There are months that go by when I don't read a single novel or work of fiction in any form, if only because I find my attention captured by a nonfiction book that makes all the fiction I could have picked up during that time look like ... well, fiction. That was the case back in April of 2005, when I spent most of the month reading and re-reading Richard Rhodes's Why They Kill: The Discoveries of a Maverick Criminologist. This was, and is, one of those rare books that provides you with a perspective-shattering point of view on a previously well-worn subject: Why are some people violent and remorseless monsters and not others?
Rhodes approaches his subject by examining the life and work of Lonnie Athens, a criminologist / sociologist who managed to survive an unbelievably violent childhood and adolescence that should have left him dead five times over. Out of that experience he was compelled to ask hard, direct questions about why people did violence to one another. What was the real reason? Not the theory, but the practice — because if there was anything wrong with the sociological or psychological theories about the motives for violence, it was simply that they didn't explain anything. They were post facto explanations that revolved around existing formulas, and they seemed to have little or no predictive value.
At the time Athens started his work (in the late 1960s / early 1970s), the prevailing theory about why people did violence to each other could be summed up as the "I Just Snapped" Theory: People reach a "breaking point," do something they have no control over, and violence is done. Athens didn't buy it. He'd lived with an unconscionably violent man for years — his own biological father — and there seemed nothing "snappish" about the man. Quite the contrary: his violent behavior seemed quite deliberate and calculated. He knew what he was doing, and he savored it. It seemed right to him, and neither injury nor legal threats could sway him from eventually doing it again (and again, and again).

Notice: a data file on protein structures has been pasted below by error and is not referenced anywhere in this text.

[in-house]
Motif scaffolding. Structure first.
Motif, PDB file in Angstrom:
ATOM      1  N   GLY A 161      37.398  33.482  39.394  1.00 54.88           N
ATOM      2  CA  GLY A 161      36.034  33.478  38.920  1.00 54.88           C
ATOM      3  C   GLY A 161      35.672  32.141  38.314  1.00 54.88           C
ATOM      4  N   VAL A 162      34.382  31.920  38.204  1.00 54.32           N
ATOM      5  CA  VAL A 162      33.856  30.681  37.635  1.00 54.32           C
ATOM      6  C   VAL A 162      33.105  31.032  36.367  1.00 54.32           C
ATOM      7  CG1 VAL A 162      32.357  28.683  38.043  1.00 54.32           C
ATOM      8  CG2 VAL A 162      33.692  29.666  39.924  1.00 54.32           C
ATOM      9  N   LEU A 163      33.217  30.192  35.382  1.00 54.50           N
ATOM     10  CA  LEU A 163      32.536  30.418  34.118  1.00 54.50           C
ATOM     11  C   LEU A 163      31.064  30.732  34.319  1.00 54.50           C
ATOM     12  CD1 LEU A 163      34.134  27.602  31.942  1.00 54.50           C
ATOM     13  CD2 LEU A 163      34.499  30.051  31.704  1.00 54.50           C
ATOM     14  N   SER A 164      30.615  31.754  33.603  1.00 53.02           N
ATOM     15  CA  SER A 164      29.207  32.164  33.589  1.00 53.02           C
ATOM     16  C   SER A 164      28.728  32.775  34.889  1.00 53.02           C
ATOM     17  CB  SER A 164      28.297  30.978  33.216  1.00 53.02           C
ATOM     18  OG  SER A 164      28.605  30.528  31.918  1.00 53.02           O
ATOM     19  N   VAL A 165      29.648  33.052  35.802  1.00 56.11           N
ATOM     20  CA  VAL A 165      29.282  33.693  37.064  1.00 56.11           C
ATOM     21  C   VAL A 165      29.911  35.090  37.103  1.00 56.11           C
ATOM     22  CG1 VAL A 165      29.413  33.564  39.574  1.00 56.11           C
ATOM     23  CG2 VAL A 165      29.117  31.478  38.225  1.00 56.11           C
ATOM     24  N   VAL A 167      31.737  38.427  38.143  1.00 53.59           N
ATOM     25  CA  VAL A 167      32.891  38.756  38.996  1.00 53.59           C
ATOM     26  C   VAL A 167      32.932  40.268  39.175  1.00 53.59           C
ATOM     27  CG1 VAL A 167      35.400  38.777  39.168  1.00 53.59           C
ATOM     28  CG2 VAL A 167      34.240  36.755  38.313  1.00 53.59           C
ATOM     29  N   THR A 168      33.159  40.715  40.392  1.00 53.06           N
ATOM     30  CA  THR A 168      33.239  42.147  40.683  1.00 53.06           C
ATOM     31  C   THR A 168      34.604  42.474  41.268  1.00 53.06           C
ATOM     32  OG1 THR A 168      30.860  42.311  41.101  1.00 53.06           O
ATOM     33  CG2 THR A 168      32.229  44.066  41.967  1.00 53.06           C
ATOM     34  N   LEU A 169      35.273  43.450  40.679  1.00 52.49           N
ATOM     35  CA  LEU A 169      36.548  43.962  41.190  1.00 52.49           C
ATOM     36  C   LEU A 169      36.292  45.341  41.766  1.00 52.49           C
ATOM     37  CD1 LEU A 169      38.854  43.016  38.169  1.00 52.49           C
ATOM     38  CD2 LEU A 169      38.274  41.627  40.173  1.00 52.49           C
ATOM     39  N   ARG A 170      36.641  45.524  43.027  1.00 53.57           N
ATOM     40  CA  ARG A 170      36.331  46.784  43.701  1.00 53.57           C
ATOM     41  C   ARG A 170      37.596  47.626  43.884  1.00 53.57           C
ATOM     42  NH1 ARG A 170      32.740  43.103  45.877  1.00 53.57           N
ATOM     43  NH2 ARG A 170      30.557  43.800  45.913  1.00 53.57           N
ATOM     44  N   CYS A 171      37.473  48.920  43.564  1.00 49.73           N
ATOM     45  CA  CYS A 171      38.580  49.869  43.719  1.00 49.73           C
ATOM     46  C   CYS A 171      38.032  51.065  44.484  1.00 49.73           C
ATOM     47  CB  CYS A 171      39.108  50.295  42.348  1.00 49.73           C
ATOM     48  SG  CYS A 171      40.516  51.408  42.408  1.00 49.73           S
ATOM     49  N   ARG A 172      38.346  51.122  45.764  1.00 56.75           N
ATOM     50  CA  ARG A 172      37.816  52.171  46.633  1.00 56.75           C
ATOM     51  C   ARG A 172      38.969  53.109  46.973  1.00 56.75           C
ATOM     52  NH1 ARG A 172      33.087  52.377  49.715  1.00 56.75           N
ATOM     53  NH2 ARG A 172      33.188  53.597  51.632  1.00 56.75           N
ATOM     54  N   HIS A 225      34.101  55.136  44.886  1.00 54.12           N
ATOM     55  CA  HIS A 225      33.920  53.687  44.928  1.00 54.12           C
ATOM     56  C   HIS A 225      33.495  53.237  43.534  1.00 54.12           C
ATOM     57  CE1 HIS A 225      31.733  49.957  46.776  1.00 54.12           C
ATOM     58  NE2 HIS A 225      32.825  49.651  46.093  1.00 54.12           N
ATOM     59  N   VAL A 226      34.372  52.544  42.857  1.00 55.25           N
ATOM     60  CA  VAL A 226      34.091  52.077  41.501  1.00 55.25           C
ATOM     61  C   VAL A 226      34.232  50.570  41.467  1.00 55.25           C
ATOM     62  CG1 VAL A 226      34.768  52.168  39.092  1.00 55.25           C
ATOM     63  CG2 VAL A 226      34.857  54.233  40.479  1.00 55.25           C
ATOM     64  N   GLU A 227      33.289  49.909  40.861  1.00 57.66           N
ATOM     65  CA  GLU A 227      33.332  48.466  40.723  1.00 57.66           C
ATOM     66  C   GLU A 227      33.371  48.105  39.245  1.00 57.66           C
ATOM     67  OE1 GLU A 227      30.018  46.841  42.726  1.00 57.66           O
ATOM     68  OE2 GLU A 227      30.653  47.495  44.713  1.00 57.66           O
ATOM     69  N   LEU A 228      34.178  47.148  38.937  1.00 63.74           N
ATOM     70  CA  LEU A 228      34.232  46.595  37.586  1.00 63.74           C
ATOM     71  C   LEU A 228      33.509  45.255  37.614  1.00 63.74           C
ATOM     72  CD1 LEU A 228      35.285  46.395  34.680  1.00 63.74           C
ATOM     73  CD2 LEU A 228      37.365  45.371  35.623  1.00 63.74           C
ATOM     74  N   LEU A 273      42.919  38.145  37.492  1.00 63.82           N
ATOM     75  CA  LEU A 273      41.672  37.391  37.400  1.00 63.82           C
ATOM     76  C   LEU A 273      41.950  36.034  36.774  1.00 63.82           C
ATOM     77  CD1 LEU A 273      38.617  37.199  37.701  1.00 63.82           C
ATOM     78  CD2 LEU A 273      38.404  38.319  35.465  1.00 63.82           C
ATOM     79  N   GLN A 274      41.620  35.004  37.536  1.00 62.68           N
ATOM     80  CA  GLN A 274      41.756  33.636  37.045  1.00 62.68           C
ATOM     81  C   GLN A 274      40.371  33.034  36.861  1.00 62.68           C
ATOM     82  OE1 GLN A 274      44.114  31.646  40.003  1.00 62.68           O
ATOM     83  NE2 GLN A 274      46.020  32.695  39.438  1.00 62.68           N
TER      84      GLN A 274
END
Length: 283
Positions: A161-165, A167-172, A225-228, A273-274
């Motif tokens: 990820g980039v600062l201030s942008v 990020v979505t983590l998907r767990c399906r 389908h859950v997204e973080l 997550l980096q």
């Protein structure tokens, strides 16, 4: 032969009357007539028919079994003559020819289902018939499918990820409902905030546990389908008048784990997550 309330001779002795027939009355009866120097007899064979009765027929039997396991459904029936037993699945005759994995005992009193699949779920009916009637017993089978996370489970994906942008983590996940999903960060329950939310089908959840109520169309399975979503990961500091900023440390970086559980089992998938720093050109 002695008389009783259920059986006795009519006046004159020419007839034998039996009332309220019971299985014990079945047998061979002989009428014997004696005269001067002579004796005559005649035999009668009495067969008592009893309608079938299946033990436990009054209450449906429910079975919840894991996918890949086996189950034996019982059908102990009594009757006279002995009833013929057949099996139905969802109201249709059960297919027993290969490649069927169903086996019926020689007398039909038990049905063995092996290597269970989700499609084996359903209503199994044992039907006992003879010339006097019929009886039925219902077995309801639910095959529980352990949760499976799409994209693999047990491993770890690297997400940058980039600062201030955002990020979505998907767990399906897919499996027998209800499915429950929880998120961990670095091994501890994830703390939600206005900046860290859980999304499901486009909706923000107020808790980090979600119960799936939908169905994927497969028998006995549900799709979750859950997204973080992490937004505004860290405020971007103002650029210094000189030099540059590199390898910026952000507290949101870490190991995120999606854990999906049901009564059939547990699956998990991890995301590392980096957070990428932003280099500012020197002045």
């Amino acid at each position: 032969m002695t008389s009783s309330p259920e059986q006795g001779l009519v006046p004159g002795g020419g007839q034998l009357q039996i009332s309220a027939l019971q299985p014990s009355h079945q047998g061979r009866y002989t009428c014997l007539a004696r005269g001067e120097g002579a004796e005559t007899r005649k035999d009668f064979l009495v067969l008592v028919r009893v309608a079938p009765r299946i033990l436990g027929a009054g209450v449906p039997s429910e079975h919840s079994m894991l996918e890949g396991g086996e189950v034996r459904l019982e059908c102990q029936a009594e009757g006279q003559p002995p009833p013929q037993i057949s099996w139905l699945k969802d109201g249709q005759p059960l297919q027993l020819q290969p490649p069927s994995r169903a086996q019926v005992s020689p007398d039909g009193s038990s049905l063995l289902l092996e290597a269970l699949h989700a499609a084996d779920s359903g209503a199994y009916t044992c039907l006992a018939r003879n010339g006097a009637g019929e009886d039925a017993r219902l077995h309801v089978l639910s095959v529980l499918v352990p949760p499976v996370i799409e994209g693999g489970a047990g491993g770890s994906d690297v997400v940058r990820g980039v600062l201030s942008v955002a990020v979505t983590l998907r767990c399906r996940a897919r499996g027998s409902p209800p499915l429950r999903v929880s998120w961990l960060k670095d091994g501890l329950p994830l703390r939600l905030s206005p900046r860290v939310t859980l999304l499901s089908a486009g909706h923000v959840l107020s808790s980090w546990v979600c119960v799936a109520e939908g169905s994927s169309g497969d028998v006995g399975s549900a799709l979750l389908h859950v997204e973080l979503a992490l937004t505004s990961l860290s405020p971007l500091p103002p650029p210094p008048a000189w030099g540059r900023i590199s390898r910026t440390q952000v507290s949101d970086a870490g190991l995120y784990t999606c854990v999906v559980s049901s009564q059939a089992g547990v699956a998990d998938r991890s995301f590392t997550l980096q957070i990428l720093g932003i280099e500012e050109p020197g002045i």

Athens's original attempt to answer the "why" of violence led him to get involved in the quantitative branch of sociological work: compiling and assessing statistics about violence. Statistics alone did not seem like the answer, though. What he wanted to do was go right to the people who had done the killing, earn their trust, and find out their point of view about what they had done. His idea was at first greeted with disdain, since qualitative analysis in sociology was not considered useful at the time. But he girded himself and did what to many of us would seem unthinkably dangerous: he went into several max-security correctional facilities, earned the trust of dozens of men and women who had murdered, raped, assaulted, beaten, burned, sliced and pummeled other human beings, and used his own front-line experience with exactly that kind of violence to break down their wariness about sharing, to connect with them empathically where others had not been able to, and dissect their stories.